German Chancellor Angela Merkel, who will meet with other European Union leaders on Thursday, listed the UK among the bloc’s potential competitors, alongside China and the US, after London leaves the EU. Although both sides have previously voiced their intention to act as partners following Brexit, the remark by the head of the European powerhouse has prompted the outlet Politico to recall a warning issued by EU leaders not to eliminate tariffs under a future trade deal if the UK does not commit to responsibilities such as state aid.
"We will do all this in the knowledge that with the departure of Great Britain, a potential competitor will of course emerge for us. That is to say, in addition to China and the United States of America, there will be Great Britain as well”, Merkel said, as cited by the outlet, before a working dinner with her French counterpart Emmanuel Macron.
The German politician has called on Europe to show what the EU can achieve, meaning to “work faster, work more consistently”. She also noted that the new European Commission, headed by President-elect Ursula von der Leyen, “should also become operational as quickly as possible", apparently referring to the difficulties that the new team making up the key EU body is facing after France's nominee, Sylvie Goulard, was rejected by MEPs.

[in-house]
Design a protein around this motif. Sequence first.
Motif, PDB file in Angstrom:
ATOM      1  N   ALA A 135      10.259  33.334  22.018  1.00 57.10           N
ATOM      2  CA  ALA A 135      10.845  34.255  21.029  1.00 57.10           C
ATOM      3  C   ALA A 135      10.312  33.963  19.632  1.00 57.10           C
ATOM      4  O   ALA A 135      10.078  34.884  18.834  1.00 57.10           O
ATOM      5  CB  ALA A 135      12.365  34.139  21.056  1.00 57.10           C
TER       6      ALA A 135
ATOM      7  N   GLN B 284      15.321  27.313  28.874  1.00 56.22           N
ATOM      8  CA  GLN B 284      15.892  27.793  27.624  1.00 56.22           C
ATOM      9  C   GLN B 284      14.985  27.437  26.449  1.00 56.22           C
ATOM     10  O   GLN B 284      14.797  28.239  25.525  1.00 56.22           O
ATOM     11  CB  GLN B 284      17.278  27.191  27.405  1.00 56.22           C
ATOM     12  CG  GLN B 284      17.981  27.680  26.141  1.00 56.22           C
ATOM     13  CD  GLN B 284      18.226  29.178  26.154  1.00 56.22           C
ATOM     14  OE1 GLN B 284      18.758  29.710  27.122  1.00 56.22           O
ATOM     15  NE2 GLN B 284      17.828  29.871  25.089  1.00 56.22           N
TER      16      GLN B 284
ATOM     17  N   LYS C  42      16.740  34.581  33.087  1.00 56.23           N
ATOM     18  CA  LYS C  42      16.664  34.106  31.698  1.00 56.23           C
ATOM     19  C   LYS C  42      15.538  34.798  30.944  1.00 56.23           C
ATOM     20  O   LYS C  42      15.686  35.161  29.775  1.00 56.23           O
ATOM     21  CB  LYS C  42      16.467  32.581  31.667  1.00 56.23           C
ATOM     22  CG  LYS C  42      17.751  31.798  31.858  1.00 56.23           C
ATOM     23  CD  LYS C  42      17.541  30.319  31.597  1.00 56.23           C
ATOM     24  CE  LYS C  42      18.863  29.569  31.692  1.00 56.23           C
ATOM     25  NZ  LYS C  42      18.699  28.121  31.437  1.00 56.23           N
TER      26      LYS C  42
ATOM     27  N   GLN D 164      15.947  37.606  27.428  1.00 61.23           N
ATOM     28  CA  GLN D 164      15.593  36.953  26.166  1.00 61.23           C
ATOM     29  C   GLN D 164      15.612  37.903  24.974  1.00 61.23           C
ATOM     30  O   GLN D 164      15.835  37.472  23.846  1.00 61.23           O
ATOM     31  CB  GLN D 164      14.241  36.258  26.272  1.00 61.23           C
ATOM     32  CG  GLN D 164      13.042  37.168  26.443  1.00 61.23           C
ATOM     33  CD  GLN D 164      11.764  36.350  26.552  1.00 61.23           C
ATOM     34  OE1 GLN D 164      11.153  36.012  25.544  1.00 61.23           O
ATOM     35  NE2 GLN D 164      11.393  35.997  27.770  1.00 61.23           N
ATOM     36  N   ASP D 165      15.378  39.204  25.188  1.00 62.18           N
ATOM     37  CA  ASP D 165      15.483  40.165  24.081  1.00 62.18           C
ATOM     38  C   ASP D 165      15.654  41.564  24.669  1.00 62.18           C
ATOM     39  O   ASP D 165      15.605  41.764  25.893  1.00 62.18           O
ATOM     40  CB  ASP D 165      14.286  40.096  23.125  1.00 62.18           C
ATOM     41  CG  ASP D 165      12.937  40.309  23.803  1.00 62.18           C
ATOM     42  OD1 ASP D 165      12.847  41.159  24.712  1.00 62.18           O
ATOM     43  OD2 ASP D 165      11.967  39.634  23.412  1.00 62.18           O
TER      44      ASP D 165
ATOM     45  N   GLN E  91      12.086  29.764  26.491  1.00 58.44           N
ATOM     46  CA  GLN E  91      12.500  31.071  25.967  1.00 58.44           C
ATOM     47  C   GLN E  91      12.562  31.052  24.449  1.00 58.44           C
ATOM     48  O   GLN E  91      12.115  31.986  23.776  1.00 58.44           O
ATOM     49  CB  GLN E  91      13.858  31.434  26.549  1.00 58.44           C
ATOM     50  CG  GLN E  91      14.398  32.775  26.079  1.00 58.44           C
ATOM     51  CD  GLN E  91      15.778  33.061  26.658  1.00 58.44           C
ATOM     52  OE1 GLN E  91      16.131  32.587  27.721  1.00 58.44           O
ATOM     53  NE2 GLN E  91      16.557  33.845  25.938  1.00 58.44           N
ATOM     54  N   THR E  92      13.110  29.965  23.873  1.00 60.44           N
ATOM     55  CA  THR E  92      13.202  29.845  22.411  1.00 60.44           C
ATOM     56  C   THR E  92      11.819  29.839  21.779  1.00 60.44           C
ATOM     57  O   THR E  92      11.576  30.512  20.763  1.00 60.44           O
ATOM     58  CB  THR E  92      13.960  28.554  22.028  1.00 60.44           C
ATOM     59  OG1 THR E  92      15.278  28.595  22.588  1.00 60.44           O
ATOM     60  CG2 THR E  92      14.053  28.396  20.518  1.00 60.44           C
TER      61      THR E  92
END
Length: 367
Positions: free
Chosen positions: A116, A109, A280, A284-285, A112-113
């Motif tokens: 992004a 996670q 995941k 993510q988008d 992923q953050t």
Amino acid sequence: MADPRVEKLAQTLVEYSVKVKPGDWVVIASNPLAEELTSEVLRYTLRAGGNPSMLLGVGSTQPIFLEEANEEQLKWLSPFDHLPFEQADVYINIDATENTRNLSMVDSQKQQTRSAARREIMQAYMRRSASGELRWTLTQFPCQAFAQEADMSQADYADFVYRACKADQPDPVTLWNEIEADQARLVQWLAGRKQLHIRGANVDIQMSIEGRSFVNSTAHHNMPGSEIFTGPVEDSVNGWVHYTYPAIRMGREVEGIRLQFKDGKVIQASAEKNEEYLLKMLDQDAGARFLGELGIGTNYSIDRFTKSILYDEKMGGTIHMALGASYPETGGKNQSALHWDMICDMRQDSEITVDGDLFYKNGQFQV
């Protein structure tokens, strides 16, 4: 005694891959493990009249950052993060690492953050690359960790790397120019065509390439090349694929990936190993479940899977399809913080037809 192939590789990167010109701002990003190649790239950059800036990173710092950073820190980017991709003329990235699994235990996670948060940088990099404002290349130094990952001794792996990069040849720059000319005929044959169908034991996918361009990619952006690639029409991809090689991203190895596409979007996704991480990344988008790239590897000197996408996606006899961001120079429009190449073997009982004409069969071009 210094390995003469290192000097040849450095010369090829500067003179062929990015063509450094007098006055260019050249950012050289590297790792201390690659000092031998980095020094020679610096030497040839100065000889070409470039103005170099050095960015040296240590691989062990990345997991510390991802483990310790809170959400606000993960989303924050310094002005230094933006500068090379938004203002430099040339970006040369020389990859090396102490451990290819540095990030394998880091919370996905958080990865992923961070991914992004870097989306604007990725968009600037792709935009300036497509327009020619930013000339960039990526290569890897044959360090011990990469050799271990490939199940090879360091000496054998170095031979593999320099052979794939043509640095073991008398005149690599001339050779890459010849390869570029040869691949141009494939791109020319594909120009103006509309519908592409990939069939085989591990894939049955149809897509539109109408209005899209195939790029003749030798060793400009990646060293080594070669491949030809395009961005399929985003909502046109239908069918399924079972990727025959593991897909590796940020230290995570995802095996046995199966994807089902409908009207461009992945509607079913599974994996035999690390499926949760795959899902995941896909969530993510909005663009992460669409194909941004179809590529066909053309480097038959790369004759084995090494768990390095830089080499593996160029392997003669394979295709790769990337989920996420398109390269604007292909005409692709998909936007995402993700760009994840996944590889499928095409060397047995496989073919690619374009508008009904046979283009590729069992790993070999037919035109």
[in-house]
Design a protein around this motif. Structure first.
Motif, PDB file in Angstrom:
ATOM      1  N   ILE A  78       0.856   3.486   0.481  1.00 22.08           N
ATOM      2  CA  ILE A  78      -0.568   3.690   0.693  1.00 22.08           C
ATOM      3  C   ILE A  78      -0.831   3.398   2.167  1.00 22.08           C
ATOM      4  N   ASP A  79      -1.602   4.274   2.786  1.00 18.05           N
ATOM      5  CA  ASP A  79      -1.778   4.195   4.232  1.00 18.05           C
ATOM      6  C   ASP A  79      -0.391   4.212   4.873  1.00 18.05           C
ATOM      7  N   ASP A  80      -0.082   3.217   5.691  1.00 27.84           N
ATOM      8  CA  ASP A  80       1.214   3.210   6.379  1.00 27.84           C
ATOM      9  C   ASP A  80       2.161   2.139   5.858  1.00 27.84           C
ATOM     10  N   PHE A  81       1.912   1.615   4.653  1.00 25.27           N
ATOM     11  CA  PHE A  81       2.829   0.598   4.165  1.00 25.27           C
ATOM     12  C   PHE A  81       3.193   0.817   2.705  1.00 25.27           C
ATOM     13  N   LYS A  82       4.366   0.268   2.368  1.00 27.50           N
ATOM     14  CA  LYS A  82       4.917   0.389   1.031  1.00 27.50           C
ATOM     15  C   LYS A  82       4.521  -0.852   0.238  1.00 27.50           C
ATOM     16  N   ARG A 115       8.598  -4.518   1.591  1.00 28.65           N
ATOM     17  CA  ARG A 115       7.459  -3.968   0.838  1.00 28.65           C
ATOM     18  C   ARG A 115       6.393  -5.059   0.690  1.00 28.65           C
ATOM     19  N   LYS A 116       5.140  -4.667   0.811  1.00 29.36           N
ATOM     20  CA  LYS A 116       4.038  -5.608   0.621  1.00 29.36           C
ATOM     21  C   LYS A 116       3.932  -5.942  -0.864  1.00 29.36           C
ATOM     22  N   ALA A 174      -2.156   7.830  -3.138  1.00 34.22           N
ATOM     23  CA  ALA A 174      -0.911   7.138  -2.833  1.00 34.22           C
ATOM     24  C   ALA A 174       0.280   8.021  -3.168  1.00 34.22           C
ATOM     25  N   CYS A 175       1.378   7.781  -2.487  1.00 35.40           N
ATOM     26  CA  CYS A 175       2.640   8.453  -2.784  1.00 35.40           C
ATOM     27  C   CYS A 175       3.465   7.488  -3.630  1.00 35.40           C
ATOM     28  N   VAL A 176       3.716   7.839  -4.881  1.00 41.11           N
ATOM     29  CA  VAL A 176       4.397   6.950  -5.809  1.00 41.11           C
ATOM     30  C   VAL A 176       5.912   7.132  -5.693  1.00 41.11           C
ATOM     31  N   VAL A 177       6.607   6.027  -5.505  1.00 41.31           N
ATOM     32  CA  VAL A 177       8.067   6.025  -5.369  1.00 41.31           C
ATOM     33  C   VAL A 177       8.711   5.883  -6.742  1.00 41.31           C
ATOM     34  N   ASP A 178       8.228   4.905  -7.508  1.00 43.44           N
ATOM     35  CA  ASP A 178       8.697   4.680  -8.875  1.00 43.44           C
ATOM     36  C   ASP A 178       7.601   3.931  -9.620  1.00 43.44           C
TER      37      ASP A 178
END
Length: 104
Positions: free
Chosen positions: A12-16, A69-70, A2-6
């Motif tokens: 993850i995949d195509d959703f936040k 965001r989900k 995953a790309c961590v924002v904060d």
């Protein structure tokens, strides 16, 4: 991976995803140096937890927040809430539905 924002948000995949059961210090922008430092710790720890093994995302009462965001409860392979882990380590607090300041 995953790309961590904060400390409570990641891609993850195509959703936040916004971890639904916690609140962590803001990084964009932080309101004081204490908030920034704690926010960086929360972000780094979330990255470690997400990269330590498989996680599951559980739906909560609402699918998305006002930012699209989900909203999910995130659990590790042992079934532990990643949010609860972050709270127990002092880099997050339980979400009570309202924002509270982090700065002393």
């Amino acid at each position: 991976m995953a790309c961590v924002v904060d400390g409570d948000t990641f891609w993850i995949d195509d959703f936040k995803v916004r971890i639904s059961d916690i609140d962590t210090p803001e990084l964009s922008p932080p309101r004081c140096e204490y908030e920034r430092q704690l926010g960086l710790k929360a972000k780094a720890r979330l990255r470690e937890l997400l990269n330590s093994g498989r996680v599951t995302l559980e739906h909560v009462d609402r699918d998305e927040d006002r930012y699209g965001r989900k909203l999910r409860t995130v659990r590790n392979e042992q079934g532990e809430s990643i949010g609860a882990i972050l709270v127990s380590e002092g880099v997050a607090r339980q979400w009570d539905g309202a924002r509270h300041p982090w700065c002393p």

Macron was more specific, calling for unity in the face of Brexit, which deadline on 31 October coincides with the last day in office of Jean-Claude Junker’s commission.
“I want us, with Chancellor Merkel and President-designate of the Commission, Mrs von der Leyen, to be able to build a strong Commission based on a solid majority in the European Parliament that we all have the responsibility of building. In this particular moment, Europe cannot allow itself the luxury of vain quarrels and small fights or to add internal crisis to the tensions of the world", he said.
Boris Johnson, striving to stick to the current deadline, presented his new Brexit plan, removing the Irish backstop and leaving Northern Ireland within the UK customs area, while following EU rules and standards on all goods. However, as EU leaders have indicated that it will not be possible to agree on a Brexit deal before Thursday’s EU Council meeting, it may be unrealistic to present an agreed deal at a special session of the British Parliament on Saturday, thereby potentially postponing Brexit much further.
In this case, Boris Johnson would have to request an extension of Article 50 under UK law, an option that he has repeatedly rejected, urging Britain to leave the European Union by 31 October, with or without a divorce agreement.